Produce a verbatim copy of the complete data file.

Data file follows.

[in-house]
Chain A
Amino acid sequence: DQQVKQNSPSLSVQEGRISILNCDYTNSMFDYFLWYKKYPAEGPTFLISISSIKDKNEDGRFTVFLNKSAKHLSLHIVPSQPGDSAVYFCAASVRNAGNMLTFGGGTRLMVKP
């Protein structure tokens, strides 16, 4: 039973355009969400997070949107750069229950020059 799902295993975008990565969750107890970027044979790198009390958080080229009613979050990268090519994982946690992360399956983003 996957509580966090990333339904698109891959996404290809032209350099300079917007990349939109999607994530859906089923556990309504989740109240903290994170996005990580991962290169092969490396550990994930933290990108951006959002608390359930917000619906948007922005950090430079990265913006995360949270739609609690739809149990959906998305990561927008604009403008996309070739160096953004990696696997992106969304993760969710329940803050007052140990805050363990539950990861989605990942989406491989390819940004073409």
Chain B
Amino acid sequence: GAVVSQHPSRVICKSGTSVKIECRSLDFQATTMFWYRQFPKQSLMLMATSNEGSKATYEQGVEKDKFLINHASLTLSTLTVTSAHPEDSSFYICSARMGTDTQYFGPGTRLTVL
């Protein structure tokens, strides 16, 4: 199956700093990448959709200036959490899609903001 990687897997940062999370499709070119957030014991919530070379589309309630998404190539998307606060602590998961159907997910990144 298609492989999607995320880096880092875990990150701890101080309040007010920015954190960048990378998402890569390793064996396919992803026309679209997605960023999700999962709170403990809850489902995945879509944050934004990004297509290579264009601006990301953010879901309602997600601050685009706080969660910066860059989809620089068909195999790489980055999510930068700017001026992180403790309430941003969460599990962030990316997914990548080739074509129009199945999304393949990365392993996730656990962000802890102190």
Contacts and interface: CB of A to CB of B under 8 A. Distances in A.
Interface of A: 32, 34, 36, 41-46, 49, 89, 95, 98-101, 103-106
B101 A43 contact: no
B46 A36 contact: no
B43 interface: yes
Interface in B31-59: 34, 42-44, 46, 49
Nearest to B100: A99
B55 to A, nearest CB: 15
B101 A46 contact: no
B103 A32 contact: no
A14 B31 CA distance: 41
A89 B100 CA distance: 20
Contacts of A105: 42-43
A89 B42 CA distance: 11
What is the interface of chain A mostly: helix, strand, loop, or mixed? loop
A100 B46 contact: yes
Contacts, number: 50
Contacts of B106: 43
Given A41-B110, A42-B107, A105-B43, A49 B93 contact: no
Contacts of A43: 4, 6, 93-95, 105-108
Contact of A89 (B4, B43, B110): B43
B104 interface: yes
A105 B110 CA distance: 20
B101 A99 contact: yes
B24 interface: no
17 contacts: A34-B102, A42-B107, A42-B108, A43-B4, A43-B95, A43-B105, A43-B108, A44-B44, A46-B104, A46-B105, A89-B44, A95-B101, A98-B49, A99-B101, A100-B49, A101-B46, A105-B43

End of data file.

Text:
[in-house]
Chain A
Amino acid sequence: DQQVKQNSPSLSVQEGRISILNCDYTNSMFDYFLWYKKYPAEGPTFLISISSIKDKNEDGRFTVFLNKSAKHLSLHIVPSQPGDSAVYFCAASVRNAGNMLTFGGGTRLMVKP
């Protein structure tokens, strides 16, 4: 039973355009969400997070949107750069229950020059 799902295993975008990565969750107890970027044979790198009390958080080229009613979050990268090519994982946690992360399956983003 996957509580966090990333339904698109891959996404290809032209350099300079917007990349939109999607994530859906089923556990309504989740109240903290994170996005990580991962290169092969490396550990994930933290990108951006959002608390359930917000619906948007922005950090430079990265913006995360949270739609609690739809149990959906998305990561927008604009403008996309070739160096953004990696696997992106969304993760969710329940803050007052140990805050363990539950990861989605990942989406491989390819940004073409």
Chain B
Amino acid sequence: GAVVSQHPSRVICKSGTSVKIECRSLDFQATTMFWYRQFPKQSLMLMATSNEGSKATYEQGVEKDKFLINHASLTLSTLTVTSAHPEDSSFYICSARMGTDTQYFGPGTRLTVL
């Protein structure tokens, strides 16, 4: 199956700093990448959709200036959490899609903001 990687897997940062999370499709070119957030014991919530070379589309309630998404190539998307606060602590998961159907997910990144 298609492989999607995320880096880092875990990150701890101080309040007010920015954190960048990378998402890569390793064996396919992803026309679209997605960023999700999962709170403990809850489902995945879509944050934004990004297509290579264009601006990301953010879901309602997600601050685009706080969660910066860059989809620089068909195999790489980055999510930068700017001026992180403790309430941003969460599990962030990316997914990548080739074509129009199945999304393949990365392993996730656990962000802890102190």
Contacts and interface: CB of A to CB of B under 8 A. Distances in A.
Interface of A: 32, 34, 36, 41-46, 49, 89, 95, 98-101, 103-106
B101 A43 contact: no
B46 A36 contact: no
B43 interface: yes
Interface in B31-59: 34, 42-44, 46, 49
Nearest to B100: A99
B55 to A, nearest CB: 15
B101 A46 contact: no
B103 A32 contact: no
A14 B31 CA distance: 41
A89 B100 CA distance: 20
Contacts of A105: 42-43
A89 B42 CA distance: 11
What is the interface of chain A mostly: helix, strand, loop, or mixed? loop
A100 B46 contact: yes
Contacts, number: 50
Contacts of B106: 43
Given A41-B110, A42-B107, A105-B43, A49 B93 contact: no
Contacts of A43: 4, 6, 93-95, 105-108
Contact of A89 (B4, B43, B110): B43
B104 interface: yes
A105 B110 CA distance: 20
B101 A99 contact: yes
B24 interface: no
17 contacts: A34-B102, A42-B107, A42-B108, A43-B4, A43-B95, A43-B105, A43-B108, A44-B44, A46-B104, A46-B105, A89-B44, A95-B101, A98-B49, A99-B101, A100-B49, A101-B46, A105-B43